Another great Meg Cabot recommendation. Last time she led me to the funny and quirky novels in verse of Sonya Sones. Now I find myself completely immersed in Liza Palmer's second novel, laughing out loud, wiping tears from my eyes, as DH stares at me warily and scoots a bit closer to the far side of the bed. The title, cover, and marketing indicate your standard chick lit fare. But I found Seeing Me Naked to be a distinct cut above the rest.

Elisabeth Page is a pastry chef at the most exclusiv
Apr 12, 2010 rated it did not like it
Shelves: can-t-finish
I first heard Liza Palmer on a podcast and I was immediately drawn to her brash attitude and humor. She seemed down-to-earth, and I assumed that earnest world-weary wit would be reflected in her writing. I was severely let down by the completely uninteresting characters of SEEING ME NAKED, perhaps the blandest book with the most provocative title and cover I've seen. This amounts to lazy chick-lit, where the character is put-upon because she can't decide whether or not she was offered do a TV SH ...more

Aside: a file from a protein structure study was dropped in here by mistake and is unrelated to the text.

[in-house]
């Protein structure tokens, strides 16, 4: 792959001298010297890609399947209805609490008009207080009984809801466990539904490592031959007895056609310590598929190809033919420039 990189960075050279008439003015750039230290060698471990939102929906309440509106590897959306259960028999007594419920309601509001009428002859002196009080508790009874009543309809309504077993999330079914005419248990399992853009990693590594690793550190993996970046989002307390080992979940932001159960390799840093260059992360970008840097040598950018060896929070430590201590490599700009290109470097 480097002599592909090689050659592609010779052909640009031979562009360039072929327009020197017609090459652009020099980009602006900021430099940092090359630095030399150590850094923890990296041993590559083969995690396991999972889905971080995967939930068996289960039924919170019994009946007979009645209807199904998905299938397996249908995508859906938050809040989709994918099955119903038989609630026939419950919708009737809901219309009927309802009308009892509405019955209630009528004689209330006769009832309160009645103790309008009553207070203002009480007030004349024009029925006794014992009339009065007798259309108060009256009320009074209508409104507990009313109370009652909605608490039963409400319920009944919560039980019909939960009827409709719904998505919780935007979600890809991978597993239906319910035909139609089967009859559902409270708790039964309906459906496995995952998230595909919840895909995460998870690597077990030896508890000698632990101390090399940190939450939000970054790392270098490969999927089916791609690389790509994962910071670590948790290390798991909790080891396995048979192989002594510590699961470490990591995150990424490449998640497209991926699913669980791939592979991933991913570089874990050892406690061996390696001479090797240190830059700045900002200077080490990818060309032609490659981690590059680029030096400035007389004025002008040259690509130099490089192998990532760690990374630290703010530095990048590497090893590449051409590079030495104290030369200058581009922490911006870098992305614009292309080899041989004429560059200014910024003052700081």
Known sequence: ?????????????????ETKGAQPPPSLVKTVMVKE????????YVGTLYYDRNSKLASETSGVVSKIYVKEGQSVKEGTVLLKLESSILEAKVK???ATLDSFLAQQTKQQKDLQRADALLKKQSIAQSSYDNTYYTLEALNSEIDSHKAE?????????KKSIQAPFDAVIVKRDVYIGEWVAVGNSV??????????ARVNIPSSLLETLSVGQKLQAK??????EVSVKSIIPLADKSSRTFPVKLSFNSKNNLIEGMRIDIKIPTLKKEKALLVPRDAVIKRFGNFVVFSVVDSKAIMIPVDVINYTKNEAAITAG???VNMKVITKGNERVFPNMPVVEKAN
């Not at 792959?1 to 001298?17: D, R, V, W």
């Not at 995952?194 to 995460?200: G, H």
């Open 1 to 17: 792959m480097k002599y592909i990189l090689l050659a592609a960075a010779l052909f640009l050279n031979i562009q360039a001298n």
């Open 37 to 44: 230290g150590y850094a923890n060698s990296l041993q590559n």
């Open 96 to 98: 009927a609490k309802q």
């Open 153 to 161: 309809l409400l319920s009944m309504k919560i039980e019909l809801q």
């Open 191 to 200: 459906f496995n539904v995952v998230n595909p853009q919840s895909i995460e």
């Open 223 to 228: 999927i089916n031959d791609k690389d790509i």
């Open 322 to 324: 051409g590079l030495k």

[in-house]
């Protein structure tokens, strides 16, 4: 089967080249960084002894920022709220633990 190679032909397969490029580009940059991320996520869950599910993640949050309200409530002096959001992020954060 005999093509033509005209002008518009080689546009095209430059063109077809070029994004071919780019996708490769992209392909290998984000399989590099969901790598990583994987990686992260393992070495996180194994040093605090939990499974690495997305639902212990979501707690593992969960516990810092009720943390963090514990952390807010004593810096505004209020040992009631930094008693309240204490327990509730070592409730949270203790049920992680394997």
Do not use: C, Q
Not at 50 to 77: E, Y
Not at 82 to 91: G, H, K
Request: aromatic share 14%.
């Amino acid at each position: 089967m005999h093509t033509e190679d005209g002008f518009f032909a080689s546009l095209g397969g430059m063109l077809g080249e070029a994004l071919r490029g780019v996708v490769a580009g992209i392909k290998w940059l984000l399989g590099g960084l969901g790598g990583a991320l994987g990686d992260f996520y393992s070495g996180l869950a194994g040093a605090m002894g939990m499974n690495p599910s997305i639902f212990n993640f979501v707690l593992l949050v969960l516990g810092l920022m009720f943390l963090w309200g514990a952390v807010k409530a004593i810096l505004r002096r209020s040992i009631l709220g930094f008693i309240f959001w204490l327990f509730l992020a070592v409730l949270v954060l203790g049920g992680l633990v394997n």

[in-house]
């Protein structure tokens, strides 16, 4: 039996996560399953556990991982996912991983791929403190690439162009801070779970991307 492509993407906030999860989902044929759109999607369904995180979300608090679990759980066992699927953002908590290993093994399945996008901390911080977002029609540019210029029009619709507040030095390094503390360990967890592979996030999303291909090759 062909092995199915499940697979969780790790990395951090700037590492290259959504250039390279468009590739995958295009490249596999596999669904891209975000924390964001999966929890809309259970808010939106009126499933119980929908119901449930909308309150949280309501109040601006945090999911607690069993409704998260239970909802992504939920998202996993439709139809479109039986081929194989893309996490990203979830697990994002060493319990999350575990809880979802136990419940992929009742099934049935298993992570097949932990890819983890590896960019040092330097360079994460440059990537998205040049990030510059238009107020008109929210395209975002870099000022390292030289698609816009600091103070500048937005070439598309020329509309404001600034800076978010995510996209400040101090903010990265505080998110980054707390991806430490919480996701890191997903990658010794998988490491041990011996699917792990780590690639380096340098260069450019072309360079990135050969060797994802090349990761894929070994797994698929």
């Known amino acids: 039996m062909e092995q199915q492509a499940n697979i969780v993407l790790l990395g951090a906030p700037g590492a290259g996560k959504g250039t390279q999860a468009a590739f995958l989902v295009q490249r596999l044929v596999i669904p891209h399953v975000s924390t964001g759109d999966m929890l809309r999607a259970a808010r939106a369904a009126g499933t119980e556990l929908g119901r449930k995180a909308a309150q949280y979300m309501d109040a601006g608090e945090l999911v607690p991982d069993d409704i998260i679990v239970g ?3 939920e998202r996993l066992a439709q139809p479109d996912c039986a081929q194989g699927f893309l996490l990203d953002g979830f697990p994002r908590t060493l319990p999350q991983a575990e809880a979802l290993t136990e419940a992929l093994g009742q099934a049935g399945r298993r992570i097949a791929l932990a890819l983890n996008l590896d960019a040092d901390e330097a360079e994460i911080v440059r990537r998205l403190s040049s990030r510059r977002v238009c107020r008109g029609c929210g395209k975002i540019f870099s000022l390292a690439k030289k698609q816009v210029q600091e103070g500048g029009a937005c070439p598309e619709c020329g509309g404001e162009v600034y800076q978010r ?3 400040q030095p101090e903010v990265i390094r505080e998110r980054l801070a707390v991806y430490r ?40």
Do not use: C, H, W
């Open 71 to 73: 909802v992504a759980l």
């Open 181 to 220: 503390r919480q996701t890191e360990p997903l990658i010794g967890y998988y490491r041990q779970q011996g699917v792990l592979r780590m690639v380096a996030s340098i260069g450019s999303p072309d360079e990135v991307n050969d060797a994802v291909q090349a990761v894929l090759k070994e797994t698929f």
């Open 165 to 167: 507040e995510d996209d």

Jan 30, 2015 rated it really liked it
My first Liza Palmer!
May 31, 2011 rated it really liked it
Shelves: chick-lit
Originally published here.

Elisabeth Page is a pastry chef. Not the run-of-the-mill éclair and cheesecake chef, but the overachiever type who works at the hottest restaurant in LA. The Page family have their standards – her mother runs the Foster Family Foundation, her father is a Pulitzer prize-winning novelist and her brother Rascal is literature’s next big thing. Why her goal to own a patisserie is taking years longer than planned, Elisabeth’s father Ben has no idea, but he still has hope for
Jun 25, 2012 rated it really liked it
Shelves: chick-lit-fluff, 2012
Another enjoyable "chick lit/beach read" book. Second one Ive read by this author and I've enjoyed both of them. Her main characters (so far) are quite relatable - I think it's the inner dialogue that does it -- how many of us have not said something to an attractive guy and then had a rapid fire "OH GOD did I just say that? Im such a loser, I can't believe I said that" conversation with ourselves? This one is a take on the family outcast story - a woman who is confined by her father's, and then ...more
Aug 16, 2011 rated it did not like it